After yet another scrumptious meal, we docked at Bartlett Cove, the only human-inhabited stop on the cruise. The National Park Service runs a visitor center, some lodges, a campground and hosts the Tlingit tribal house. Upon arrival, we took a pleasant walk through the woods. The lovely acres were filled with lush green moss, little ponds, huge trees and informative signage. Then, we strolled down to the native lodge, which was closed but painted on one side with impressive native symbols. Two intricately carved totem poles graced the grounds. The Tlingit (pronounced Klink-it) has a history as seafaring people in the Southeast Alaskan area. Their current day ancestors constructed the lodge and totem poles. We wished to stay longer, but darkness crept in and we didn’t bring flashlights.
I really enjoyed the evening exercise and stroll around Bartlett Cove, the daunting polar plunge and my time on Lamplugh Glacier. Once again I turned into bed and immediately fell asleep. Sea air, good food and exercise!
Day Four: A Show from the Whales
Uncruise Day Four began with what had become a pleasant routine: dress and head to the Legacy Lounge for coffee before a seated breakfast in the dining room. I planned to venture out on a morning hike, then spend the afternoon onboard hoping to catch sight of some whales.
John and I boarded the skiff for a short jaunt over to Pavlov Harbor State Marine Park. Now also routine (but rare for this part of Alaska), the sun painted beautiful reflections on the water and gave ideal weather for a hike. Our guide led us to a small waterfall bordered by a salmon run. Salmon season hadn’t started, so we saw no fish (and none of the resident fishermen). During the season, excursions leave the area to these bears, who feast on the spawning salmon.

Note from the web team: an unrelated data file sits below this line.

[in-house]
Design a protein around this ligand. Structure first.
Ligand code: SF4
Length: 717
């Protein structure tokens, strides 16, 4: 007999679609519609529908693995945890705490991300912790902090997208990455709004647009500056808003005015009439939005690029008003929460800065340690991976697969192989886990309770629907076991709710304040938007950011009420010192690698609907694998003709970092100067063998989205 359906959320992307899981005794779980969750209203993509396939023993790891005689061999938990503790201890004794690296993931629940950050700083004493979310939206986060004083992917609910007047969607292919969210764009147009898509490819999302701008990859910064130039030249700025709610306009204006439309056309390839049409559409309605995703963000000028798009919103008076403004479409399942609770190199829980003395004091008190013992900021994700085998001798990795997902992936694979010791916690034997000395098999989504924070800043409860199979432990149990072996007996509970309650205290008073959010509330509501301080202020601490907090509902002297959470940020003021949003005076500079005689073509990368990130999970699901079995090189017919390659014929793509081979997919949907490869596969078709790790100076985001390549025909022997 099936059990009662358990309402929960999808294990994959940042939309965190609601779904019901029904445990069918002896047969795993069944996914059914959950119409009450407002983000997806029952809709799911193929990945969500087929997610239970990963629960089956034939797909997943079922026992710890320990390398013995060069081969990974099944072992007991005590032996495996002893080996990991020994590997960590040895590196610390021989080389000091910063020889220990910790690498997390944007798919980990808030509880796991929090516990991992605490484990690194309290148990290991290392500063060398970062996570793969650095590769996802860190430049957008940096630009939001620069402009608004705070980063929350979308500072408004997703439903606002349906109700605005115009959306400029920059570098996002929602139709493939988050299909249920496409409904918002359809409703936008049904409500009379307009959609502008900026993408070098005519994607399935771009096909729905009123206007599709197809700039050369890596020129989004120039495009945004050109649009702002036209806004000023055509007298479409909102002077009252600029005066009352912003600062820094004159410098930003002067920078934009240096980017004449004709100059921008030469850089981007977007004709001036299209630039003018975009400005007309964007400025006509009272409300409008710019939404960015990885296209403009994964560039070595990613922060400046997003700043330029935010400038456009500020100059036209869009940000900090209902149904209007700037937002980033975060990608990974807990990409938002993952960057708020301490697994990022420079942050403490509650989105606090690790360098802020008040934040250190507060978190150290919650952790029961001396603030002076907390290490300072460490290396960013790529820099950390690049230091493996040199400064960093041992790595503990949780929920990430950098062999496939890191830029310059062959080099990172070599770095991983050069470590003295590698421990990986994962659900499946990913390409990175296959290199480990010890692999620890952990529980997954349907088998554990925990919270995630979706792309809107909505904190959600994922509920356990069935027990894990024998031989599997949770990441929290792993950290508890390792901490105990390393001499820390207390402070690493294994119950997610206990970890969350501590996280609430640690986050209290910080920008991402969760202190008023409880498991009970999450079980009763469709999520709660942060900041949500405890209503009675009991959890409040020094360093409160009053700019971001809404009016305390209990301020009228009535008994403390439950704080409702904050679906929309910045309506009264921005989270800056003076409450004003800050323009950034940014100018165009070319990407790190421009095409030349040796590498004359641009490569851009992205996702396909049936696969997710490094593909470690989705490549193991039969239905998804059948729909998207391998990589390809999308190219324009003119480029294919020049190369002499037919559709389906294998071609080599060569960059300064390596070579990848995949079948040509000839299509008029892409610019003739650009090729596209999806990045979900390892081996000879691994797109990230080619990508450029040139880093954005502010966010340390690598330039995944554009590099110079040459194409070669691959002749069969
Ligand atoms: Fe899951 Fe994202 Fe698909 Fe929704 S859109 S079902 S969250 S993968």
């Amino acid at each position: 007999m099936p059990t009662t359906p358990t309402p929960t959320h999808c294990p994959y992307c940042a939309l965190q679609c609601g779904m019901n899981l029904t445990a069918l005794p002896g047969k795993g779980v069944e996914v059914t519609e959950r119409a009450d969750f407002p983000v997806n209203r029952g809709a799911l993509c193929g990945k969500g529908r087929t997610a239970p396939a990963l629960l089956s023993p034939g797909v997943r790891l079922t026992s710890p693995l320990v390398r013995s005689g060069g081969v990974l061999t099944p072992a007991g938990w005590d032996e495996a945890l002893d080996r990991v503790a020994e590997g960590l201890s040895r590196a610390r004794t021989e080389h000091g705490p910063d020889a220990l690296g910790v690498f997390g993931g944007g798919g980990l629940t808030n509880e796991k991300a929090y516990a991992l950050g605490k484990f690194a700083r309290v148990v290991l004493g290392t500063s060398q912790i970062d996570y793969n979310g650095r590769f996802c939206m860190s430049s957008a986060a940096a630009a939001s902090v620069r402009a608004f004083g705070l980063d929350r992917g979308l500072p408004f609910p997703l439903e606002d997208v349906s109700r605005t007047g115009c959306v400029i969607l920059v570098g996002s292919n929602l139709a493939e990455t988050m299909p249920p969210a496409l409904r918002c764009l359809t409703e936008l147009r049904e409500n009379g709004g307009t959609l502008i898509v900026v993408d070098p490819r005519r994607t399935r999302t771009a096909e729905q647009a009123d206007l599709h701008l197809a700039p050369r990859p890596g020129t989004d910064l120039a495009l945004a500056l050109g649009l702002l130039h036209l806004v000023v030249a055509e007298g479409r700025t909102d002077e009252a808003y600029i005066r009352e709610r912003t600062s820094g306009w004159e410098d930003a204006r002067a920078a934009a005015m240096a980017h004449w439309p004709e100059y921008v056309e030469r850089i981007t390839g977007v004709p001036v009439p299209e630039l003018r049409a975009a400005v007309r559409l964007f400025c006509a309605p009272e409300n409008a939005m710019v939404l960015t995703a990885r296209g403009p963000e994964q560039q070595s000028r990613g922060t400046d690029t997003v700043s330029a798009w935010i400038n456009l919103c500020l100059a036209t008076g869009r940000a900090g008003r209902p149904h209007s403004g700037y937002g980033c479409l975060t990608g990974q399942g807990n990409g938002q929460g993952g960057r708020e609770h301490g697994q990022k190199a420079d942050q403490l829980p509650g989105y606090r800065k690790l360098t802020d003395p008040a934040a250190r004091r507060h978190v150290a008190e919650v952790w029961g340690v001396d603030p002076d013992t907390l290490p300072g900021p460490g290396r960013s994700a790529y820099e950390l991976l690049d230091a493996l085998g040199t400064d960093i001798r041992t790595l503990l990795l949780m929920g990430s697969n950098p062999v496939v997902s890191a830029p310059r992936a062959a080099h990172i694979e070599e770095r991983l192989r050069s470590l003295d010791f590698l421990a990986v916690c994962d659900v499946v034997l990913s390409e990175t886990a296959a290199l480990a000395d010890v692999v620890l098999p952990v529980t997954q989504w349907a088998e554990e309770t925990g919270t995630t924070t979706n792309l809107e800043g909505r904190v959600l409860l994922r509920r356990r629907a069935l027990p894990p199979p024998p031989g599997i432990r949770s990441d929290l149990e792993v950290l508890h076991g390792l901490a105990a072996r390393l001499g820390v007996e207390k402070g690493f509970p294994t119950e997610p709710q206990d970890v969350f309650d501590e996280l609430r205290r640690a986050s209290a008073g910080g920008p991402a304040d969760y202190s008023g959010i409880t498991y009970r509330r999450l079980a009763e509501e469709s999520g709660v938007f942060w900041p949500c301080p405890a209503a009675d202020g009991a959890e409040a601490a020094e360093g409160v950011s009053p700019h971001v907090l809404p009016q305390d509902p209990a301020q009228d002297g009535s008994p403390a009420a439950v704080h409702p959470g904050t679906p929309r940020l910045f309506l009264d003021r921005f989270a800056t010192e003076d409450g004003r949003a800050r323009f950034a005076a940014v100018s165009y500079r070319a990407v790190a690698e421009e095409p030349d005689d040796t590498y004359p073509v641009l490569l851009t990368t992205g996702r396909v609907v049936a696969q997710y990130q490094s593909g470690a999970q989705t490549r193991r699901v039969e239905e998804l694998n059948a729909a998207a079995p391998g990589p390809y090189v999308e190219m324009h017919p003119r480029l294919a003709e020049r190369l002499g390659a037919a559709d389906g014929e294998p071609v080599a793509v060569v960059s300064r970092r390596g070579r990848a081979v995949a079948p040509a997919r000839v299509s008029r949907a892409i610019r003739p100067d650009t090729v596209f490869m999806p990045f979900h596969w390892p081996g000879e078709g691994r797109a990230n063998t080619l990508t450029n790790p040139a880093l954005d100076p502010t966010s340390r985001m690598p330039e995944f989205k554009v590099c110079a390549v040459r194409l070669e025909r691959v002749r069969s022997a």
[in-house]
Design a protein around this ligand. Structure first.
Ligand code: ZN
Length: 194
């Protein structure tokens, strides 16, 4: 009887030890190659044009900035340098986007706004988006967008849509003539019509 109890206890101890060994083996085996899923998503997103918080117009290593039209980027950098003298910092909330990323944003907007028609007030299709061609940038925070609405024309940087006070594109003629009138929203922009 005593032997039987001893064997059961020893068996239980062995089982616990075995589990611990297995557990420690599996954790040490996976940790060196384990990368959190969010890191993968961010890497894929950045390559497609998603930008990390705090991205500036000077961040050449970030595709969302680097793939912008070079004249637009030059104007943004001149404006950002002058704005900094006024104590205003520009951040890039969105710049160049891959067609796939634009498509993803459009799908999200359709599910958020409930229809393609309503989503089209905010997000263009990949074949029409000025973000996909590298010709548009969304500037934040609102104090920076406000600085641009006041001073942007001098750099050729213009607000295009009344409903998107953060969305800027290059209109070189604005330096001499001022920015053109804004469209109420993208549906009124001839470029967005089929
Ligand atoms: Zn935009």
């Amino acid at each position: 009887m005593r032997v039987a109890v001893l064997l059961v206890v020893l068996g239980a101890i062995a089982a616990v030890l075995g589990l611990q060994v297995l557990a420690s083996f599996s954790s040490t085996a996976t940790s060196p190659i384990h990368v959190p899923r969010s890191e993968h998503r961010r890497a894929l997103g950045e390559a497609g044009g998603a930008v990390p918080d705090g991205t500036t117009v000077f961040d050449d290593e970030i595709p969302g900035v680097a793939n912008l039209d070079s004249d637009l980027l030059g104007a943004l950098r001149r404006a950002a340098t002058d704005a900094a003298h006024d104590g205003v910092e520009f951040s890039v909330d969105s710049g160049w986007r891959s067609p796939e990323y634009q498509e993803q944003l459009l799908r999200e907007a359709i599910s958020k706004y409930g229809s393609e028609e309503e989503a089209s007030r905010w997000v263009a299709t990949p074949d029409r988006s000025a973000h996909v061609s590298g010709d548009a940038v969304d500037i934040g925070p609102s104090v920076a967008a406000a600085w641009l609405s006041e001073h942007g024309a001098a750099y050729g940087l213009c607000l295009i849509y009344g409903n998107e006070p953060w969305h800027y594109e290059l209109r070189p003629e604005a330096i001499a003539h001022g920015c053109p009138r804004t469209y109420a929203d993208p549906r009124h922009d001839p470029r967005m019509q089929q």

We hiked some moss-laden hills, similar to the fairy tale forest views of the previous night, but this hike involved inclines. Many animal holes burrowed near the bottom of trees brought mental images of a gnome village.
We paused at a large beaver lodge, its dome jutting both above the water line, an abandoned shack and some beautiful yellow blossoms sprung by, of all things, skunk cabbage!
The most memorable part of the day (maybe the trip so far) came after lunch. Everyone came out on deck after Captain Tim announced a sighting of a mama and baby humpback in the distance. I could see the blowhole and spout of water in the air, but not much more.
However, a short time later, all our dreams came true. An enormous humpback whale decided to show off for the passengers of the Legacy. He banged his flippers on the surface of the water. He threw his body up into the air and slammed down with great force and spray of water. When he drove down the flip of his tail provided the perfect photo opp. Each whale’s tail has a unique design, – – this one, gorgeous, was a pure white.
All aboard watched in awe as this whale kept breeching. The joy on everyone’s face was evident, to witness wildlife at play was a rare gift, a treasured memory. Captain Tim claimed he had never seen a whale act this way for so long- about 45 minutes, and the bonus being up close to the boat. The seemingly happy beast finally swam away, but not before rolling on his side and offering up a long wave of his massive arm. No kidding, if you look, the bones in a whale’s flipper look strikingly like those of human arms and hands.
As if we hadn’t experienced enough, just as we all sat down to dinner, the PA system announced the arrival of more guests – – a pod of orca whales off our bow. Sadly for our chef, all abandoned the dining room for the rail to watch. The pod of five killer whales cruised with us for a bit, before heading off to what was undoubtedly their own evening feast. We finally returned to dinner, everyone agog and full of their communing with some of nature’s fabulous creatures.
The night ended with an impressive slideshow by professional photographer David Shaw. Some Uncruises include professionals who give advice and lectures onboard. David, a resident of Alaska, spoke about living in the state and his photographic journeys and workshops. David would lead a photo walk the next morning for any Uncruisers who wanted to join. I signed up!
Day Five: Rocks and Bergs around Frederick Sound